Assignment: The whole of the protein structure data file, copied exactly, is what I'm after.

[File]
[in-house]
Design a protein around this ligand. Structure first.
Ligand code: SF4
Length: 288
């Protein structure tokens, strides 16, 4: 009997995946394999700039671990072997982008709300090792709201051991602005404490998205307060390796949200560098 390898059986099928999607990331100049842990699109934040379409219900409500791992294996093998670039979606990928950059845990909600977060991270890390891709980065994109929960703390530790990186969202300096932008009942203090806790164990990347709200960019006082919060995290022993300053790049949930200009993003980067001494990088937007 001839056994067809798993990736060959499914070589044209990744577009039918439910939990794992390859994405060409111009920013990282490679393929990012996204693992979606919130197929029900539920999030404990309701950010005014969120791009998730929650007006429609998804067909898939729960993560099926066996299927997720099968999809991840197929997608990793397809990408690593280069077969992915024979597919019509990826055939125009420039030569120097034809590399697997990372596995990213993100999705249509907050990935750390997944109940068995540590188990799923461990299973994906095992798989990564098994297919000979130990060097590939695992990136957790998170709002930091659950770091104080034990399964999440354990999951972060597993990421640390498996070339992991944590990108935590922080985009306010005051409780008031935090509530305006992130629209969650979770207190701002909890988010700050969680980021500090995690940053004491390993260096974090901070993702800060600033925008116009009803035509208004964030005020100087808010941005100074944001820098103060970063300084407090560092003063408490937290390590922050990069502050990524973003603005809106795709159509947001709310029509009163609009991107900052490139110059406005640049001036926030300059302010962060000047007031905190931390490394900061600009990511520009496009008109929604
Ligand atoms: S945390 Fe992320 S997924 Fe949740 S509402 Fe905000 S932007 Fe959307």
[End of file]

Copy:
[in-house]
Design a protein around this ligand. Structure first.
Ligand code: SF4
Length: 288
């Protein structure tokens, strides 16, 4: 009997995946394999700039671990072997982008709300090792709201051991602005404490998205307060390796949200560098 390898059986099928999607990331100049842990699109934040379409219900409500791992294996093998670039979606990928950059845990909600977060991270890390891709980065994109929960703390530790990186969202300096932008009942203090806790164990990347709200960019006082919060995290022993300053790049949930200009993003980067001494990088937007 001839056994067809798993990736060959499914070589044209990744577009039918439910939990794992390859994405060409111009920013990282490679393929990012996204693992979606919130197929029900539920999030404990309701950010005014969120791009998730929650007006429609998804067909898939729960993560099926066996299927997720099968999809991840197929997608990793397809990408690593280069077969992915024979597919019509990826055939125009420039030569120097034809590399697997990372596995990213993100999705249509907050990935750390997944109940068995540590188990799923461990299973994906095992798989990564098994297919000979130990060097590939695992990136957790998170709002930091659950770091104080034990399964999440354990999951972060597993990421640390498996070339992991944590990108935590922080985009306010005051409780008031935090509530305006992130629209969650979770207190701002909890988010700050969680980021500090995690940053004491390993260096974090901070993702800060600033925008116009009803035509208004964030005020100087808010941005100074944001820098103060970063300084407090560092003063408490937290390590922050990069502050990524973003603005809106795709159509947001709310029509009163609009991107900052490139110059406005640049001036926030300059302010962060000047007031905190931390490394900061600009990511520009496009008109929604
Ligand atoms: S945390 Fe992320 S997924 Fe949740 S509402 Fe905000 S932007 Fe959307």